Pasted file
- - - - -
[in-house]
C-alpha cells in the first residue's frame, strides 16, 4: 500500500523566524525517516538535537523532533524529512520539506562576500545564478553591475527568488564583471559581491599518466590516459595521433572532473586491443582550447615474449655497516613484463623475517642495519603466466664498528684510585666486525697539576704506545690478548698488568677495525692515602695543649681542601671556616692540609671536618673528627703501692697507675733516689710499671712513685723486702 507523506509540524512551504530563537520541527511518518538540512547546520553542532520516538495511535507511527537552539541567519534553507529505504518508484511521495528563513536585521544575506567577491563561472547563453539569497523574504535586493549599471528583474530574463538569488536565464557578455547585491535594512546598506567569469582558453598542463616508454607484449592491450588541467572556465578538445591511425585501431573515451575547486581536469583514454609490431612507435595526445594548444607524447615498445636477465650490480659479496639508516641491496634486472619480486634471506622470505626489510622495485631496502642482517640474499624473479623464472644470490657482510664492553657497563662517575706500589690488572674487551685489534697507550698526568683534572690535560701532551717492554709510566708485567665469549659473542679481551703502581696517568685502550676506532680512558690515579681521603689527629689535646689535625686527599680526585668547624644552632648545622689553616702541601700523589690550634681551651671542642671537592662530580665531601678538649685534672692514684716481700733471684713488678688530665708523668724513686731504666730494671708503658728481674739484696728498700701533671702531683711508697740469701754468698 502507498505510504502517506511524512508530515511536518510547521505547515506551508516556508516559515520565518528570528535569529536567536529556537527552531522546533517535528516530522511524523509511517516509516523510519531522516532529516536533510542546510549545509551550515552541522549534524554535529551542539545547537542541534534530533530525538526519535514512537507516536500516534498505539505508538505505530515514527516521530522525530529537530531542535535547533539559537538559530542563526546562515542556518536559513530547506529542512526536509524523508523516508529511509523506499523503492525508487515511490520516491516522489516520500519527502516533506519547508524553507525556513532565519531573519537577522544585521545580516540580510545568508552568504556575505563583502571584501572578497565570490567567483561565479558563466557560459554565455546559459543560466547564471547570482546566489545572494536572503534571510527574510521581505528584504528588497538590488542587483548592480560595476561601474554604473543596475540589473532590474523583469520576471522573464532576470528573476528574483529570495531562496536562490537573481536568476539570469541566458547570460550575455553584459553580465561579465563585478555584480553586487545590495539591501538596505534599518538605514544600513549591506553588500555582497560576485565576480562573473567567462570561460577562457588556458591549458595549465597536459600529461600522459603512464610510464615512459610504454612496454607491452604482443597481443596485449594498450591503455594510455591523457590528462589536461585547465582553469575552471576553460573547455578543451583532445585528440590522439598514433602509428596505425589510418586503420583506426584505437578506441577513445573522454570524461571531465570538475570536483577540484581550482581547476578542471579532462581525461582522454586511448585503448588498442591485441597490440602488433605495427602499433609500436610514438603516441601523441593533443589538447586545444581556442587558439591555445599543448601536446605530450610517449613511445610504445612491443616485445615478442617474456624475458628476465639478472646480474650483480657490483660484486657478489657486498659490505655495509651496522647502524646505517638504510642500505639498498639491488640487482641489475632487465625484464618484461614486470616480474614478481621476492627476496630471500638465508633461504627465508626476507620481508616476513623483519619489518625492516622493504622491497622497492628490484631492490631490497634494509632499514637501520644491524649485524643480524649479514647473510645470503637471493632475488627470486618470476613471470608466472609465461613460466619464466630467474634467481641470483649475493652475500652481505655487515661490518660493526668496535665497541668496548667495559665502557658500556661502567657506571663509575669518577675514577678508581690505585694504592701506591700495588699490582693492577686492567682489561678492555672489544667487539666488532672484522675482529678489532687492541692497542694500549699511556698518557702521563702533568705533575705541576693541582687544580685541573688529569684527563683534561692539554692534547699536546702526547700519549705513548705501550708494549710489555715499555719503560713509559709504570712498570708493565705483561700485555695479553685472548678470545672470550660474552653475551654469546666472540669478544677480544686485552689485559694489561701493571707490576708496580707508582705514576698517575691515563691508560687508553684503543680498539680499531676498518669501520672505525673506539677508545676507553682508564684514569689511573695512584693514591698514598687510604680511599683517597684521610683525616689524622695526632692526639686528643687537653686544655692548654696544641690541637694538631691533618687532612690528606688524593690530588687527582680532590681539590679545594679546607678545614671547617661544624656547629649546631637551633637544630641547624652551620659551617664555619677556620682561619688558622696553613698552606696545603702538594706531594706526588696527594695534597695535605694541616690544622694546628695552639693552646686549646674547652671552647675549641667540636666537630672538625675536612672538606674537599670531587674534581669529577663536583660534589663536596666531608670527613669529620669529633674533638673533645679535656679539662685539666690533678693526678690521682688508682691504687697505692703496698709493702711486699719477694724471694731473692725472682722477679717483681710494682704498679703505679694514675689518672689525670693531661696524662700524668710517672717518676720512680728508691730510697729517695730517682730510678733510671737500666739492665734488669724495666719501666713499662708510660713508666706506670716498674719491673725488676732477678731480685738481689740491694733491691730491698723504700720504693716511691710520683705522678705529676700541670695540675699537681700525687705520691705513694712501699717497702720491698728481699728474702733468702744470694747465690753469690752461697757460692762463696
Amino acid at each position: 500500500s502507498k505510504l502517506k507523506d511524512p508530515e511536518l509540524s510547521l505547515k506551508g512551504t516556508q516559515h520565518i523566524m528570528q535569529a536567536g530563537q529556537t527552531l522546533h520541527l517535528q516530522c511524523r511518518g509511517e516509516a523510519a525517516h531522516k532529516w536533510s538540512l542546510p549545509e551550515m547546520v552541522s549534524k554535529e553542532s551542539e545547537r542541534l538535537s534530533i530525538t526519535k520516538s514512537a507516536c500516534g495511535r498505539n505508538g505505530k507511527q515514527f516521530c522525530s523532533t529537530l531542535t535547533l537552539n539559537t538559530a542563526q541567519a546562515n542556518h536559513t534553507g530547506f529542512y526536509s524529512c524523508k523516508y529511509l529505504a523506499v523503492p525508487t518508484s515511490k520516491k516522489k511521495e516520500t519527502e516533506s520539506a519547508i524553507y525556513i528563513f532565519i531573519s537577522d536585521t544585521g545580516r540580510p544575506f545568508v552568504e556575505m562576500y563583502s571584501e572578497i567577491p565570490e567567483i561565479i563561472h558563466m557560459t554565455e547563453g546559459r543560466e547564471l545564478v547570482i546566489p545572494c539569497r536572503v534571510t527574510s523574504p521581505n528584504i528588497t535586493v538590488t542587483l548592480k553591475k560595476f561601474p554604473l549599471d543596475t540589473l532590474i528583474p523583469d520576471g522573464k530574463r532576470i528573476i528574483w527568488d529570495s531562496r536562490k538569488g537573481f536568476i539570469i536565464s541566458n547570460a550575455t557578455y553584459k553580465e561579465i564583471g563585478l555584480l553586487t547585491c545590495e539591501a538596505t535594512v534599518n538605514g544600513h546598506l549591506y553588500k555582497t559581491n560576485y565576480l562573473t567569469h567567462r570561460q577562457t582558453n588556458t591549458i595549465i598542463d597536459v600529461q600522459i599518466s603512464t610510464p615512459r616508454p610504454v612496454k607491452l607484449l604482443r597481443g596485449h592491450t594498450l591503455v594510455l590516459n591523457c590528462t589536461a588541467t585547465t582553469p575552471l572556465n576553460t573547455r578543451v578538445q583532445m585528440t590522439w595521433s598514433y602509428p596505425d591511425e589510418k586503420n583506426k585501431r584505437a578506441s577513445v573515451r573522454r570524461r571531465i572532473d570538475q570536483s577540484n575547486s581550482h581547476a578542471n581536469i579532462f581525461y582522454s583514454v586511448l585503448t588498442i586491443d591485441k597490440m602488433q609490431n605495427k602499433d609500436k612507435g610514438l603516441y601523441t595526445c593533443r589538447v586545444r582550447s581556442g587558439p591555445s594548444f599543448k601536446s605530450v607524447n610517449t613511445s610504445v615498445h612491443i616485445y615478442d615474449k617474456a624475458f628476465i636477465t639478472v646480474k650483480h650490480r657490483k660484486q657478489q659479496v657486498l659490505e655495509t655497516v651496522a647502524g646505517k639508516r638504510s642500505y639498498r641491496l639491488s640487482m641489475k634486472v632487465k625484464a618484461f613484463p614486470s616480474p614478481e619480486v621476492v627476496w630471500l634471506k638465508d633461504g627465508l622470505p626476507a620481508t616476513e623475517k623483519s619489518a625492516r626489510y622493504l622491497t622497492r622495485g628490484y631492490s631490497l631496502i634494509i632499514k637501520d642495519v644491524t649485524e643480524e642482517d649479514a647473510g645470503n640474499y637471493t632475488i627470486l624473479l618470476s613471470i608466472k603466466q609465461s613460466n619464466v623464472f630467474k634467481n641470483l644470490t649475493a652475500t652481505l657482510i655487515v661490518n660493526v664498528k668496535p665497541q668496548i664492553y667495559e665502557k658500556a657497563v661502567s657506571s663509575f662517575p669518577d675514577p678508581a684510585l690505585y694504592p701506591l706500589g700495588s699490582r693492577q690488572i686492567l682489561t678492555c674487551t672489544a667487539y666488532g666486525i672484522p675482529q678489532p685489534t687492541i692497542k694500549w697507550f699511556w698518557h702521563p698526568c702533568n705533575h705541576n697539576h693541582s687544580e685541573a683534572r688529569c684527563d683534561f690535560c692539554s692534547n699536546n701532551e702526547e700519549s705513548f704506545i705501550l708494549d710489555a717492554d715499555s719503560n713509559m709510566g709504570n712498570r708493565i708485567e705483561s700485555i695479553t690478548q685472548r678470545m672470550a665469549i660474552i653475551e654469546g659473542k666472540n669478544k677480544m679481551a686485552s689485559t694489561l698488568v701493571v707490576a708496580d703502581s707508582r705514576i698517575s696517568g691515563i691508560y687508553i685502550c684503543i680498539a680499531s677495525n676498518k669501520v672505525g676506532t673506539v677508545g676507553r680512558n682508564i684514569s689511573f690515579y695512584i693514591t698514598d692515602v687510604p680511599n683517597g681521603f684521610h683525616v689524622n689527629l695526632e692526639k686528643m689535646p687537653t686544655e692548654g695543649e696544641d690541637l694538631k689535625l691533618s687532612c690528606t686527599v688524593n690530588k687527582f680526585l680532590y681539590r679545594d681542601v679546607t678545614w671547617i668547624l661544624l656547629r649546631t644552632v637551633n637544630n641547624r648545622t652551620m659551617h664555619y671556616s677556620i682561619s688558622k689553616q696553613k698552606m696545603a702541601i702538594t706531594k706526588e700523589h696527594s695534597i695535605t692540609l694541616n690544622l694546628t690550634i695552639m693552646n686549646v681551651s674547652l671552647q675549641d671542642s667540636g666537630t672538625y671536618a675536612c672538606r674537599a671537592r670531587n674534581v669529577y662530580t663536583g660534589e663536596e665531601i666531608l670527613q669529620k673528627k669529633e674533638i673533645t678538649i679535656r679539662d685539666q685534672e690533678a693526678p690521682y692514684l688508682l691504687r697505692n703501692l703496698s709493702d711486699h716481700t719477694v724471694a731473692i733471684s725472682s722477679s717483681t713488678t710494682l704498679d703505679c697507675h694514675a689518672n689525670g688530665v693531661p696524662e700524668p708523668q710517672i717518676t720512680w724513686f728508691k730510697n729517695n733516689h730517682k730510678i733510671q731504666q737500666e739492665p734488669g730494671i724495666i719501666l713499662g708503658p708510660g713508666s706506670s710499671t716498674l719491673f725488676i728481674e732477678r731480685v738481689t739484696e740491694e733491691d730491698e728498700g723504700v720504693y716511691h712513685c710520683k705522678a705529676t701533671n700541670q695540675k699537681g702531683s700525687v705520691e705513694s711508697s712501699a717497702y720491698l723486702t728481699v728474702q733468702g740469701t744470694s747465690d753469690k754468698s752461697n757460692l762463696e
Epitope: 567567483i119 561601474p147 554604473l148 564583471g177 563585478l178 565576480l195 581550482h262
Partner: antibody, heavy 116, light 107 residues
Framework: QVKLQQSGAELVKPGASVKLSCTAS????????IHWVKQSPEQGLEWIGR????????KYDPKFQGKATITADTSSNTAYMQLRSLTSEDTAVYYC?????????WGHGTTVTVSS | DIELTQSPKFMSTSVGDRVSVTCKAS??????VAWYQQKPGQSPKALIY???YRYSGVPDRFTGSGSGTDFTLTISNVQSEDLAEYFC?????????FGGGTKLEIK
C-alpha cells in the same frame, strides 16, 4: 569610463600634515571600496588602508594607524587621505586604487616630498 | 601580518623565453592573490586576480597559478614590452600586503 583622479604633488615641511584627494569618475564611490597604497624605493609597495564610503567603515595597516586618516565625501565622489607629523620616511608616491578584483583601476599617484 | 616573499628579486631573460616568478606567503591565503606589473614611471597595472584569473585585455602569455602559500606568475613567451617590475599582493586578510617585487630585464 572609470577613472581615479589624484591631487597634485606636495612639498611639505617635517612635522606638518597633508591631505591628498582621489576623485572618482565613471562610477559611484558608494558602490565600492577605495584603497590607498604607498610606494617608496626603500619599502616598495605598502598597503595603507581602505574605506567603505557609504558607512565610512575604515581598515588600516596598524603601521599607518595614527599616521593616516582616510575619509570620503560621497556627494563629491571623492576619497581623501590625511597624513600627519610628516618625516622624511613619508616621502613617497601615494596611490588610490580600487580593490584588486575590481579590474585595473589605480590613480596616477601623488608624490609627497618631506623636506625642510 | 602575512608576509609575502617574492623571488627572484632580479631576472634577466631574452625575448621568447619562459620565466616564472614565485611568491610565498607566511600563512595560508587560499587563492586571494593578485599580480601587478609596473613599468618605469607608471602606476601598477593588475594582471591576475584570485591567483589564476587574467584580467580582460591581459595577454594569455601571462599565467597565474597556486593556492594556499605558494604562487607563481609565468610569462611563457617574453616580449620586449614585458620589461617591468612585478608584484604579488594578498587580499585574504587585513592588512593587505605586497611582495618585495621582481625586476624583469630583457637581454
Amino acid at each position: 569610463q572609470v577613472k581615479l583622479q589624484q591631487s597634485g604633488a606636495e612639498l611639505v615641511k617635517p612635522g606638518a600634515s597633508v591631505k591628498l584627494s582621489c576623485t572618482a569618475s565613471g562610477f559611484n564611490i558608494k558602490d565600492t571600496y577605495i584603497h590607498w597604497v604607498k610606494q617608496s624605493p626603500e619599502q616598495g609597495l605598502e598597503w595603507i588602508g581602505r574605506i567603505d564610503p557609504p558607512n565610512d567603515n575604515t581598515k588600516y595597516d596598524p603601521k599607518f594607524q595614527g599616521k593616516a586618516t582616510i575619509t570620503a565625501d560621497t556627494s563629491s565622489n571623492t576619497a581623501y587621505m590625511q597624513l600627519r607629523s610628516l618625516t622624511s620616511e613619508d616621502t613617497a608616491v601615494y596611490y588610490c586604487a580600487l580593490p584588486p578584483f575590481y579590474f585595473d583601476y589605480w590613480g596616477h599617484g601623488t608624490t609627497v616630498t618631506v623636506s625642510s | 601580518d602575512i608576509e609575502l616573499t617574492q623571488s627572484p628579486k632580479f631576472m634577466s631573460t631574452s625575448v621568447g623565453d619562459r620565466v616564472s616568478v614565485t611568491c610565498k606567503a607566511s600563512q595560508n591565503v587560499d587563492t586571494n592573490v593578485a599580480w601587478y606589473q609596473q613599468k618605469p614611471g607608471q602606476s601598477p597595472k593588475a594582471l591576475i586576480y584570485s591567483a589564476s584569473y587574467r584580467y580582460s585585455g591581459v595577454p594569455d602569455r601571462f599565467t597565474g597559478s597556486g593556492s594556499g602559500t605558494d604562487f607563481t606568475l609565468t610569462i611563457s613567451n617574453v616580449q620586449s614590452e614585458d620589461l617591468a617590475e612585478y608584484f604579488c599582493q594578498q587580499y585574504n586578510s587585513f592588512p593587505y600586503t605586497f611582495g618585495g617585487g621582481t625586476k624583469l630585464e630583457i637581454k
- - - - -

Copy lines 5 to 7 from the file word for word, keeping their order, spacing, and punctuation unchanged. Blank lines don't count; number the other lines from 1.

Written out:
Partner: antibody, heavy 116, light 107 residues
Framework: QVKLQQSGAELVKPGASVKLSCTAS????????IHWVKQSPEQGLEWIGR????????KYDPKFQGKATITADTSSNTAYMQLRSLTSEDTAVYYC?????????WGHGTTVTVSS | DIELTQSPKFMSTSVGDRVSVTCKAS??????VAWYQQKPGQSPKALIY???YRYSGVPDRFTGSGSGTDFTLTISNVQSEDLAEYFC?????????FGGGTKLEIK
C-alpha cells in the same frame, strides 16, 4: 569610463600634515571600496588602508594607524587621505586604487616630498 | 601580518623565453592573490586576480597559478614590452600586503 583622479604633488615641511584627494569618475564611490597604497624605493609597495564610503567603515595597516586618516565625501565622489607629523620616511608616491578584483583601476599617484 | 616573499628579486631573460616568478606567503591565503606589473614611471597595472584569473585585455602569455602559500606568475613567451617590475599582493586578510617585487630585464 572609470577613472581615479589624484591631487597634485606636495612639498611639505617635517612635522606638518597633508591631505591628498582621489576623485572618482565613471562610477559611484558608494558602490565600492577605495584603497590607498604607498610606494617608496626603500619599502616598495605598502598597503595603507581602505574605506567603505557609504558607512565610512575604515581598515588600516596598524603601521599607518595614527599616521593616516582616510575619509570620503560621497556627494563629491571623492576619497581623501590625511597624513600627519610628516618625516622624511613619508616621502613617497601615494596611490588610490580600487580593490584588486575590481579590474585595473589605480590613480596616477601623488608624490609627497618631506623636506625642510 | 602575512608576509609575502617574492623571488627572484632580479631576472634577466631574452625575448621568447619562459620565466616564472614565485611568491610565498607566511600563512595560508587560499587563492586571494593578485599580480601587478609596473613599468618605469607608471602606476601598477593588475594582471591576475584570485591567483589564476587574467584580467580582460591581459595577454594569455601571462599565467597565474597556486593556492594556499605558494604562487607563481609565468610569462611563457617574453616580449620586449614585458620589461617591468612585478608584484604579488594578498587580499585574504587585513592588512593587505605586497611582495618585495621582481625586476624583469630583457637581454